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COVID-19 leads to milk dumping, plunging dairy prices

People are buying so much milk that stores are implementing limits, yet milk is being dumped at dairy farms. Here's why.

April 3, 2020

4 Min Read
People shop for dairy products at a supermarket / DAIRY CONSUMPTION: Nearly half of all cheese in the U.S. is purchased by fo
Frederic J. Brown/Getty Images

Like most people employed in the ag industry, it was unsettling for me to learn that Dairy Farmers of America cooperative has started dumping milk in Wisconsin. On April 2, semi tankers full of milk were dumped at two large dairy farms that have manure lagoons. The dairy farmers have been asked to dump all of their milk from their 2,500 cows and 5,000 cows through Monday. For now, they will be reimbursed by the cooperative for their losses.

Dairy Farmers of America is the largest dairy cooperative in the U.S. It handles about 25% of the nation’s milk and will likely soon be handling more as it negotiates the purchase of Dean Foods, which is headquartered in Texas but has milk plants in Wisconsin. Dean Foods declared bankruptcy last fall.

Surplus milk

Kristen Coady, vice president of corporate communications for DFA, said in a written statement: “We are diligently working to ensure our farm families’ milk continues to be picked up, our plants continue to operate, and we continue to provide consumers and communities with wholesome dairy products during this difficult time.

“With the uncertainty of COVID-19 and evolving consumer buying habits, we are seeing demand for dairy products change.

“These sudden changes in demand are resulting in uncertainty, and are forcing some dairy manufacturers to cut or change production schedules or build inventories. Due to the excess milk and plants already operating at capacity, there is more milk right now than space available in processing plants. This, in combination with the perishable nature of our product, has resulted in a need to dispose of raw milk on farms, in some circumstances.

“We continue to work with our customers to explore additional options to retain as much value from our farm families’ milk as possible and to exhaust all possible avenues to find a home for their milk.”

Many farmers and nonfarmers are asking me why this is happening. People are buying more milk than ever at the store, and some note they are being limited to 1 or 2 gallons because grocery stores can’t keep enough milk on the shelves. No doubt, fluid milk consumption has skyrocketed now that many people are staying home to shelter in place due to COVID-19.

Cheese consumption drops

However, increased demand for fluid milk is not the problem. The problem is cheese consumption has dropped like a rock in the past couple of weeks because people are eating a lot less pizza now that they can’t dine at restaurants. Sure, people can still buy takeout pizza from their favorite restaurants or have Domino’s or Pizza Hut deliver, but overall, consumption of pizza has plummeted.

Nearly half of all cheese is purchased by food service, which includes restaurants and schools, while one-third of cheese is purchased at grocery stores. That statistic is especially important in Wisconsin because 90% of the milk produced in Wisconsin is made into cheese. A lot of that cheese, especially mozzarella, ends up on pizzas There is suddenly a huge surplus of mozzarella cheese in Wisconsin and other states such as Michigan, New York and Pennsylvania.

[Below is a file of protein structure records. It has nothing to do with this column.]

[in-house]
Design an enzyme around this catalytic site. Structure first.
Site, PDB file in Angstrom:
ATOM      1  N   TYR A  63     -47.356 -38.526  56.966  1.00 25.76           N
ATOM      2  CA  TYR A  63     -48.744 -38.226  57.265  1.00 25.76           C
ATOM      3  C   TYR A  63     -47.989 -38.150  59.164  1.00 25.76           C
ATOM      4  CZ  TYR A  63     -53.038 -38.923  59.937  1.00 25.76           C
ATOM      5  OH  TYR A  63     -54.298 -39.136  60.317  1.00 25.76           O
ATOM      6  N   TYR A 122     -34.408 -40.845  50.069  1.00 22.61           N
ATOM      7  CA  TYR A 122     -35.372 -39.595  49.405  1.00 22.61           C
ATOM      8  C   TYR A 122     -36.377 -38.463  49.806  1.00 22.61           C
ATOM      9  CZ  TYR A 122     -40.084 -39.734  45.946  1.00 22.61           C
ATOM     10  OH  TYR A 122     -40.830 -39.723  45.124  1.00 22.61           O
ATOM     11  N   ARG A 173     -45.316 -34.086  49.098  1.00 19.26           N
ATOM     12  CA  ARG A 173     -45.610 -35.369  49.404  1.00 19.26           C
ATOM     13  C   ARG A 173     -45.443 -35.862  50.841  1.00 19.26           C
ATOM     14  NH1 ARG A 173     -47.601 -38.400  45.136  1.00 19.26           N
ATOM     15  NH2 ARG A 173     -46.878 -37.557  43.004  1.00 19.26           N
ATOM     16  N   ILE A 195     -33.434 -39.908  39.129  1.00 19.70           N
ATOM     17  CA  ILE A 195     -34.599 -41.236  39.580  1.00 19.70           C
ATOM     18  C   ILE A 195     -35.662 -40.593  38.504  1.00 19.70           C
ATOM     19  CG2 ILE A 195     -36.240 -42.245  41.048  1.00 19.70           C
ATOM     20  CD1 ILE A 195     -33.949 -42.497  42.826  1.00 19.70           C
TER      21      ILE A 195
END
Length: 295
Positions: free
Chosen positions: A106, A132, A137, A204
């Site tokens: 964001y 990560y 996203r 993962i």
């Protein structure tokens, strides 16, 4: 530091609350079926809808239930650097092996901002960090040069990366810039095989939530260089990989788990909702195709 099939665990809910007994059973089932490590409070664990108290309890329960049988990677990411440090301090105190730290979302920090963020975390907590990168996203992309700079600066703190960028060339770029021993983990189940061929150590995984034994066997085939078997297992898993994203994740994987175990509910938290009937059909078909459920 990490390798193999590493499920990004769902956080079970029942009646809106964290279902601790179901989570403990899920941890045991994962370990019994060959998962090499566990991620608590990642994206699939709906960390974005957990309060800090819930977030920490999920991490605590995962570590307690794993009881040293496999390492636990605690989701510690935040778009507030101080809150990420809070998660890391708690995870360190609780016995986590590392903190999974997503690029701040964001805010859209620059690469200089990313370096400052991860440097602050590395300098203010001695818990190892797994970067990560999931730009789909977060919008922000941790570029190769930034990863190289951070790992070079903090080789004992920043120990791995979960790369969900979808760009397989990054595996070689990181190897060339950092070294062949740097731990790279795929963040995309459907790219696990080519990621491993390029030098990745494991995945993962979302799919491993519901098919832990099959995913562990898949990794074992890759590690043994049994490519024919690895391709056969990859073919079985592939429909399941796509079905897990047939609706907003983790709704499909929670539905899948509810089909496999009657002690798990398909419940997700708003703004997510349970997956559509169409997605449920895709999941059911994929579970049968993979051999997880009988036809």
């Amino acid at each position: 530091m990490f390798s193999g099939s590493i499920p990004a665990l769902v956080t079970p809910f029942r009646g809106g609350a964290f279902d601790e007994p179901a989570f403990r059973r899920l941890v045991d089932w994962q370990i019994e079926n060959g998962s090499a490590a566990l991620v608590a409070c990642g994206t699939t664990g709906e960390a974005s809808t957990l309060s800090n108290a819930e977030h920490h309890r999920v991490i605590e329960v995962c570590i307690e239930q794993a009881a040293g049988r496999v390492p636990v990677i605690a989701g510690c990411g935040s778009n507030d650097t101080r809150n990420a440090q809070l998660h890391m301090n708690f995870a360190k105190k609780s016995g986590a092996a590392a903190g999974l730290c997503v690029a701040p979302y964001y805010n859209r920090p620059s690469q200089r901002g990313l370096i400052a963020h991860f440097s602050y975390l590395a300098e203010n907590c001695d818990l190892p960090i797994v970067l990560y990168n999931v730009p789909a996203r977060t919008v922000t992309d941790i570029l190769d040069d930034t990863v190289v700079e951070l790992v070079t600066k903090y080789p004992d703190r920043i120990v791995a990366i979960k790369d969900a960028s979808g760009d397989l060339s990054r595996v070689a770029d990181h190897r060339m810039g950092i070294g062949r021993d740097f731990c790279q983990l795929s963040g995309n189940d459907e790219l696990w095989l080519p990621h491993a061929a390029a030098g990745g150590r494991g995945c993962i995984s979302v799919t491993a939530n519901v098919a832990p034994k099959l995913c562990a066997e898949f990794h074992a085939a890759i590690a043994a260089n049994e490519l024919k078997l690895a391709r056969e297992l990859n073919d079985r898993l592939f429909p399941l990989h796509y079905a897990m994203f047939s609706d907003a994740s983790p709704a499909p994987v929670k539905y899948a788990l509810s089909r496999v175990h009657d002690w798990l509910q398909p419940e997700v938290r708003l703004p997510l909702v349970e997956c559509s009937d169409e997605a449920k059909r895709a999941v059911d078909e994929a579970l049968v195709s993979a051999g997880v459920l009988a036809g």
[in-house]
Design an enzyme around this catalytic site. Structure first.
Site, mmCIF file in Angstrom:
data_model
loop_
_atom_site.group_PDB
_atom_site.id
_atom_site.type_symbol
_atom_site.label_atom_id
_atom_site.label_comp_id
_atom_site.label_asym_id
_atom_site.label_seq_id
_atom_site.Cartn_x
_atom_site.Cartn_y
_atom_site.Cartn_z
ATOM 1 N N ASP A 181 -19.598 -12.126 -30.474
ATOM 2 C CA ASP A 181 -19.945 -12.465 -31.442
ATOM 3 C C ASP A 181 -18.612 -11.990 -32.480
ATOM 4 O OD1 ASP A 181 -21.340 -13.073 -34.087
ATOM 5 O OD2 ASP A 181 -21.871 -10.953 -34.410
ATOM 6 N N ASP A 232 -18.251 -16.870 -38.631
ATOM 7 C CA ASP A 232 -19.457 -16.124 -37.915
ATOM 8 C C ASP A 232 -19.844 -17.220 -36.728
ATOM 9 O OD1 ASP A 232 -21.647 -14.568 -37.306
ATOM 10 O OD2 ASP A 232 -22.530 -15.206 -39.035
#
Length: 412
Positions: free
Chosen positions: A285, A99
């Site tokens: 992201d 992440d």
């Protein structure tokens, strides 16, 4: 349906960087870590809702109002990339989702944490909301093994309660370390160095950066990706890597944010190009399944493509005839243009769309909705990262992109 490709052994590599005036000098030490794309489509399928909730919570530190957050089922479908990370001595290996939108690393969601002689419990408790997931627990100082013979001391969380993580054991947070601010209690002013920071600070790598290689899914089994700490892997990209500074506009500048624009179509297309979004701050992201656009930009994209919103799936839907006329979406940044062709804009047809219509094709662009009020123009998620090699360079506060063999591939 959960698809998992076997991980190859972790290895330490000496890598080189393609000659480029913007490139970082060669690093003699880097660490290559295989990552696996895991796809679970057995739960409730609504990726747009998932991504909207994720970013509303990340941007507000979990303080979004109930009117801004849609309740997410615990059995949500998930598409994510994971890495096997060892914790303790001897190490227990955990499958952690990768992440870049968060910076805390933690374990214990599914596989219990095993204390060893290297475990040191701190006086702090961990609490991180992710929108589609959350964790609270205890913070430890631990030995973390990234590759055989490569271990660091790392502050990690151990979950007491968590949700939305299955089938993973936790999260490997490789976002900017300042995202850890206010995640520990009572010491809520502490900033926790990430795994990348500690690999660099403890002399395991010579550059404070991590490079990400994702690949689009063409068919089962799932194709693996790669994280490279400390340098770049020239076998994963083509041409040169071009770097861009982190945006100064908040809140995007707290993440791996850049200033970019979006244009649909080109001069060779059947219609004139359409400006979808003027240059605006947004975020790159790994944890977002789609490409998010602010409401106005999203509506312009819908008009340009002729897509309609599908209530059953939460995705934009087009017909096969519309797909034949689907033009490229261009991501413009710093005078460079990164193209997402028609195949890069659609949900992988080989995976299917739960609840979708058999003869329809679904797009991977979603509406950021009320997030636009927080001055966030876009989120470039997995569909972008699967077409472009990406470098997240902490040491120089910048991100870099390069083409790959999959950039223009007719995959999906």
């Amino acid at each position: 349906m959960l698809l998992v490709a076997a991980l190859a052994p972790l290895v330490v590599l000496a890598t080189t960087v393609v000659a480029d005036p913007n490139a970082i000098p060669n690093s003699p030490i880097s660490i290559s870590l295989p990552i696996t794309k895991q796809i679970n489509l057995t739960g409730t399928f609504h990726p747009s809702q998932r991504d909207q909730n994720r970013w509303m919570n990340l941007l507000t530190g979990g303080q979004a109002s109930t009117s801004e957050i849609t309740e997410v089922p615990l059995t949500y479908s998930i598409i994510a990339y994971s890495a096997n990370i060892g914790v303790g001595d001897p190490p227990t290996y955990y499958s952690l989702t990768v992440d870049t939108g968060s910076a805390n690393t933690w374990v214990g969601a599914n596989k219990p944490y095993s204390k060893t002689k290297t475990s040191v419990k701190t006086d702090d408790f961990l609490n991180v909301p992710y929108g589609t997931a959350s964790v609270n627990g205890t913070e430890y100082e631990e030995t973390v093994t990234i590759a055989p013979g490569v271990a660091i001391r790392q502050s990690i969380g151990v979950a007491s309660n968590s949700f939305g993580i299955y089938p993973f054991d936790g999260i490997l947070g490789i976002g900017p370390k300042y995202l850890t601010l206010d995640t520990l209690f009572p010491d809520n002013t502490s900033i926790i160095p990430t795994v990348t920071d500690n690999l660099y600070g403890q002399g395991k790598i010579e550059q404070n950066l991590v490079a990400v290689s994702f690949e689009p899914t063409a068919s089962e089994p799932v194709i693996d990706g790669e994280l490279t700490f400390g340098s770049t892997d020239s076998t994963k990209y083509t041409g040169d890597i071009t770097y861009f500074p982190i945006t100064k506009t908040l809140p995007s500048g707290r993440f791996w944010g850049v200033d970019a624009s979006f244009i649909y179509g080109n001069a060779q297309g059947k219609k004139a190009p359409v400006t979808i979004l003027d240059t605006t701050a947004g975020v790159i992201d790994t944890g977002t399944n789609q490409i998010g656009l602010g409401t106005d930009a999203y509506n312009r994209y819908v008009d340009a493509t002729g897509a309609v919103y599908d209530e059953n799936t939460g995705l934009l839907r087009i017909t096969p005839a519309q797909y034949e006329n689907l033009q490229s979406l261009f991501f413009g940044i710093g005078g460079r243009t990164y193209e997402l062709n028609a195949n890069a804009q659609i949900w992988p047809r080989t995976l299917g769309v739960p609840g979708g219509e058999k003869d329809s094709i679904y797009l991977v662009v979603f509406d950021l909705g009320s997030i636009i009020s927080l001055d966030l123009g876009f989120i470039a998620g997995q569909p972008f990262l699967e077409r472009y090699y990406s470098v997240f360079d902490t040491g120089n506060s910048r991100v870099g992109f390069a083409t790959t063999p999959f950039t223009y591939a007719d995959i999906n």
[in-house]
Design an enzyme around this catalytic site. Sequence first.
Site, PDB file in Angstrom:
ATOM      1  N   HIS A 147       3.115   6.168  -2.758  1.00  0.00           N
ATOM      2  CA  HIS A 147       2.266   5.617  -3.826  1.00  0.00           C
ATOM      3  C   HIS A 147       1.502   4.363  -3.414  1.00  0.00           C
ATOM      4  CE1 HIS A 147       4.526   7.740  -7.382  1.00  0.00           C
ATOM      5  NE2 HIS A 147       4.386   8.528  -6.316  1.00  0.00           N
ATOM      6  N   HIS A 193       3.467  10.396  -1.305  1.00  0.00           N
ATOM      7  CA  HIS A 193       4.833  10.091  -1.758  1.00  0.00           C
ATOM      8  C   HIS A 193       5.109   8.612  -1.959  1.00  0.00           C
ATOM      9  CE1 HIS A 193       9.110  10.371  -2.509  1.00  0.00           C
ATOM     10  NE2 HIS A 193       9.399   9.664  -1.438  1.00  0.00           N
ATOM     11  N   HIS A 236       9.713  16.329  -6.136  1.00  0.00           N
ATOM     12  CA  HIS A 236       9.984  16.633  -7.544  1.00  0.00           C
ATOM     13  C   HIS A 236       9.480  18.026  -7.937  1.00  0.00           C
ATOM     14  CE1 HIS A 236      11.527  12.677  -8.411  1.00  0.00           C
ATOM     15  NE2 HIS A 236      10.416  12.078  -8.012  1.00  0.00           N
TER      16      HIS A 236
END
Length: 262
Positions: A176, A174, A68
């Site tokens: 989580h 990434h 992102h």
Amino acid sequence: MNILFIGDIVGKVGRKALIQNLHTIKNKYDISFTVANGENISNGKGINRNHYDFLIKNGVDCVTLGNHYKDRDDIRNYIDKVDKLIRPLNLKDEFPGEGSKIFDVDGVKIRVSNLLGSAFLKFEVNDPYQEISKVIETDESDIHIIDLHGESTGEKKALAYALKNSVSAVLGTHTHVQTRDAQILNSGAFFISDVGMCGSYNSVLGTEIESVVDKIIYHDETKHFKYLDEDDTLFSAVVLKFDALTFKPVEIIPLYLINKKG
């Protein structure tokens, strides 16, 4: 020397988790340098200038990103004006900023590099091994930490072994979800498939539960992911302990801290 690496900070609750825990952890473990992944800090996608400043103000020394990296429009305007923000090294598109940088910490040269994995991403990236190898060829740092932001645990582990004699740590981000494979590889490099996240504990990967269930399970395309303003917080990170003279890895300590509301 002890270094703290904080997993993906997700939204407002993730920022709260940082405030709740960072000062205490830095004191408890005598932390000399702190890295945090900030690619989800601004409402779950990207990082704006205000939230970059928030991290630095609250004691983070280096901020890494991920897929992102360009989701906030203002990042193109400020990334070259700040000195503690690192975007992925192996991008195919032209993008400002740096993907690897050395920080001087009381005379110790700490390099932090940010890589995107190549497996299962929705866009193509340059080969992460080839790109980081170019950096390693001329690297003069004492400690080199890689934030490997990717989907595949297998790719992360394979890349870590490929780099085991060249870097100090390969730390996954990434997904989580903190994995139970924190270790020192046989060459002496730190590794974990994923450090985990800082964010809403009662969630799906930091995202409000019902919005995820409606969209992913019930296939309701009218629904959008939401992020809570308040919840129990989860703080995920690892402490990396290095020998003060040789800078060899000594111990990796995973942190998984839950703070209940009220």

It may seem like the trade-off between cheese and milk is about the same. But it takes 10 pounds of milk to make 1 pound of cheese. According to USDA in 2018, consumers ate 38 pounds of cheese per person. That’s 380 pounds of milk. The average person consumes 660 pounds of milk equivalent per year, so more than half of their dairy consumption comes from cheese.

Fluid milk consumption is through the roof, but many stores can’t handle it and are limiting consumers to 1 gallon per customer. That’s adding to the problem.

I talked to a Wisconsin dairy farmer two days ago who is on the board of directors at Land O’Lakes. He said according to his milk hauler, the milk from his cows is now going to a Dean Foods plant and is being sold as fluid milk at Walmart stores. That is good news. The sooner milk is rerouted to processors that can bottle and distribute more fluid milk to meet the growing demand from consumers, the better.

Another tough year for dairy

Before the coronavirus hit, 2020 was supposed to be a good milk price year for farmers — something they haven’t seen much during the past five years. But in the past month, the Class III milk price has plummeted. Class III milk futures for May were sitting at $16 in February. On April 2, the Class III futures price for May dropped to $12.86 — which is below the cost of production for nearly all dairy farmers.

Dairy farmers who signed up for the Dairy Margin Protection program last fall will receive some help, especially if they took out more than minimum coverage. Hopefully, Congress will reopen the sign-up so more dairy farmers can take advantage of that program.

But it would be even more helpful if the $2.2 trillion Coronavirus Aid, Relief and Economic Security Act that Congress passed and President Donald Trump signed into law at the end of March offers farmers help, such as buying up surplus cheese through the Commodity Credit Corporation and giving it to food banks to be distributed to people who lost their jobs. That would be a good start. This would help not only dairy farmers but also milk plants that have a large number of employees.

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